Capitol Comments

CSG Director of Fiscal and Economic Development Policy Jennifer Burnett outlines the top five issues for 2016, including strategic decisions following modest revenue growth, workforce development, public pensions, federal instability, and health care costs. 

Workforce Development, Wages and Innovation: States are looking for innovative strategies to overhaul economic development programs and tie those strategies to workforce development goals, including worker re-training programs. That will mean identifying ways for the public, private and academic sectors to work together more efficiently to create and sustain high-paying jobs and foster an environment conducive to entrepreneurial investment. In addition, a renewed focus and commitment by the federal government on workforce development through programs like the Workforce Innovation and Opportunity Act, or WIOA, will help drive and provide resources for state initiatives in 2016. 

Modest Revenue Growth, Strategic Decisions: For states in the coming year, no news is good news when it comes to finances. For the last few years, states on the whole have seen a slow and steady increase in revenues. In the coming year, state leaders will have a little bit more breathing room when making fiscal decisions. States collected $912 billion in total tax revenues in fiscal year 2015—an increase of 5.6 percent over 2014 levels. Growth over this time was widespread—47 states reported growth—while three states, Alaska, Illinois and North Dakota, reported declines. For states reliant on natural resources, that cautious revenue growth could be derailed by volatility in the oil market. For other states, that breathing room comes with a complex set of choices: Do they shore up their savings or invest in infrastructure? In addition to decisions on saving for a rainy day and infrastructure investment, state leaders may begin taking a look at tax reform, but it is unlikely there will be huge shifts anytime soon.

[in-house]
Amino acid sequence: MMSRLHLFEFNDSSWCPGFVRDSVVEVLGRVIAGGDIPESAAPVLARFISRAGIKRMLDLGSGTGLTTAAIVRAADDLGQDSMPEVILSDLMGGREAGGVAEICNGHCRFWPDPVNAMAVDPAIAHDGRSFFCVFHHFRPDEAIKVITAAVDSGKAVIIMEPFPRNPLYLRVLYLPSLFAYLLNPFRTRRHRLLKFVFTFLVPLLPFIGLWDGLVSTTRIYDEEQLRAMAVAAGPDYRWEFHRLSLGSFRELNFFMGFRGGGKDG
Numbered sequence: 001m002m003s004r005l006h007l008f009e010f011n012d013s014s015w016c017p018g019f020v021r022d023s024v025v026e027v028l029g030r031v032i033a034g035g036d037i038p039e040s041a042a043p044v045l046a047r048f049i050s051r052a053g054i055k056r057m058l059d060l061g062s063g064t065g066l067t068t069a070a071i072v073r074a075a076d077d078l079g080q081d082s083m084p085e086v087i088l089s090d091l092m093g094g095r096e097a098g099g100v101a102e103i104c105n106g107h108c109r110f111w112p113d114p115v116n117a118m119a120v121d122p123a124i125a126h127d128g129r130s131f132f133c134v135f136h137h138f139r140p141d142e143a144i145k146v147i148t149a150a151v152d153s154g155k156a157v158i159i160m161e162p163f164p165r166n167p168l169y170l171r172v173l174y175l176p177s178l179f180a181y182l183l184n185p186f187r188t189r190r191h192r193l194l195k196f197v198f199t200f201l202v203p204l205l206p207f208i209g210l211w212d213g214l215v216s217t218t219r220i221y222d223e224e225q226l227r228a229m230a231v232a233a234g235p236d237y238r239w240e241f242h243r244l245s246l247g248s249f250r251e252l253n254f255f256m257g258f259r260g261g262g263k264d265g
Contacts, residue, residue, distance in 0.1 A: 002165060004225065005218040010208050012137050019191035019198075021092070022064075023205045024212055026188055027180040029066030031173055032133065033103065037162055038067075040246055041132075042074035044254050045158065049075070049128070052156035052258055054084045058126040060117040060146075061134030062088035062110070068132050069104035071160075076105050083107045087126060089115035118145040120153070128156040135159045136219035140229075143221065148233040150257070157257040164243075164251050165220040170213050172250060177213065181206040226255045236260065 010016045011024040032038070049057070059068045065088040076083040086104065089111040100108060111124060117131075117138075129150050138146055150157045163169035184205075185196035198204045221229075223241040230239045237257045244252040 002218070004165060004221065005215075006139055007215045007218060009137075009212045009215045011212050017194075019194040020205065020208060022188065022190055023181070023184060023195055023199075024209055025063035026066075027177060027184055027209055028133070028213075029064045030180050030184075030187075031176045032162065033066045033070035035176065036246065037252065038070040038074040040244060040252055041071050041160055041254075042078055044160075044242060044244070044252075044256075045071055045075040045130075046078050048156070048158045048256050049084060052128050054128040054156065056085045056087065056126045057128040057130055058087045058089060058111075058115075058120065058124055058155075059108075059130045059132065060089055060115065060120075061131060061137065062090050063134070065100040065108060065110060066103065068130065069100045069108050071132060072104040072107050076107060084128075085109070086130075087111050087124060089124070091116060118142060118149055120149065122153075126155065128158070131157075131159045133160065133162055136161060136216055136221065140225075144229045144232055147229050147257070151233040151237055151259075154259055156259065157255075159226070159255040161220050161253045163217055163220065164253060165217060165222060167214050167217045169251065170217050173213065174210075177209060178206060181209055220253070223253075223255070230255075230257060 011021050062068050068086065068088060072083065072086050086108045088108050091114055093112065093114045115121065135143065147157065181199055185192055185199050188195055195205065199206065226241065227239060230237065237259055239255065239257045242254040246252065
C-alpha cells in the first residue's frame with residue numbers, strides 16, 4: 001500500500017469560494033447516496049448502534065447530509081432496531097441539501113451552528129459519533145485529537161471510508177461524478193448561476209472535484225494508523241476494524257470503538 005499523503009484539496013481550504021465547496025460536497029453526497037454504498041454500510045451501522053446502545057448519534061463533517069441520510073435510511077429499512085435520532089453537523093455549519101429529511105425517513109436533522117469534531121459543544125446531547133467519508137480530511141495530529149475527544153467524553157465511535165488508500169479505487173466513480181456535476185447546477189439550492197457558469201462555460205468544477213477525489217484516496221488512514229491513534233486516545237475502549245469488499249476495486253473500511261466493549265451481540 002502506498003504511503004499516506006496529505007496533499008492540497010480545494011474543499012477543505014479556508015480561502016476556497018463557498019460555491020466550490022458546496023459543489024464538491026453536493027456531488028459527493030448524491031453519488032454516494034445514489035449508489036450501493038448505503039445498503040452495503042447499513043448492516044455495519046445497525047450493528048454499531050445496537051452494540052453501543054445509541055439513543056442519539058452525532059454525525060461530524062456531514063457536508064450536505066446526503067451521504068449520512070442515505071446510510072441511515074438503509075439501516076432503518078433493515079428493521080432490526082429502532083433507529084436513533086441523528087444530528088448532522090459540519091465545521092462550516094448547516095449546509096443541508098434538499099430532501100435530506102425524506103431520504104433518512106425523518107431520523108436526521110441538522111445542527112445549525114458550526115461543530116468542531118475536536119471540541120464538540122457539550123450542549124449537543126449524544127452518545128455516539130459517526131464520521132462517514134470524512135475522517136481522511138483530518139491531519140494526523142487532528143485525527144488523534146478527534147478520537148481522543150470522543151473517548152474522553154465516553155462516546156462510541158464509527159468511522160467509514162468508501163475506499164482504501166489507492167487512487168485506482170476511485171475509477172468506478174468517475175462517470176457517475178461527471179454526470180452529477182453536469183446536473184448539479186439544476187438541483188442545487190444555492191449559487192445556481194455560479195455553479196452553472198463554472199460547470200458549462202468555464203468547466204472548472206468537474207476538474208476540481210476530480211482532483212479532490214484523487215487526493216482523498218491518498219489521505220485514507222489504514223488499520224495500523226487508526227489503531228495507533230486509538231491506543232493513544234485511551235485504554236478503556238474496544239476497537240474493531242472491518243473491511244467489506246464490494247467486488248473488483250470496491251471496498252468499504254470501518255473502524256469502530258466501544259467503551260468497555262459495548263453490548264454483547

In October, the Senate passed the Cybersecurity Information Sharing Act of 2015, or CISA, 74-21. The bill is essentially an information-sharing bill, designed to allow companies that are hit by a hacker to share information—called “cyber threat indicators”—with the U.S. Department of Homeland Security, or DHS. DHS can then put out an alert, share suspicious code and warn other firms about the threat.

The House passed its own version of the bill—Protecting Cyber Networks Act—back in April.

According to the 2014 National Youth Tobacco Survey from the Centers for Disease Control and Prevention and the U.S. Food and Drug Administration’s Center for Tobacco Products, current e-cigarette use (defined as use on at least 1 day in the past 30 days) among high school students jumped from 4.5 percent (660,000) in 2013 to 13.4 percent (2 million) in 2014. Among middle schoolers, use tripled from 2013-201: from 1.1 percent in 2013 to 3.9 percent in 2014. Currently, at least 48 states ban the sale of e-cigarettes or alternative tobacco products to minors.

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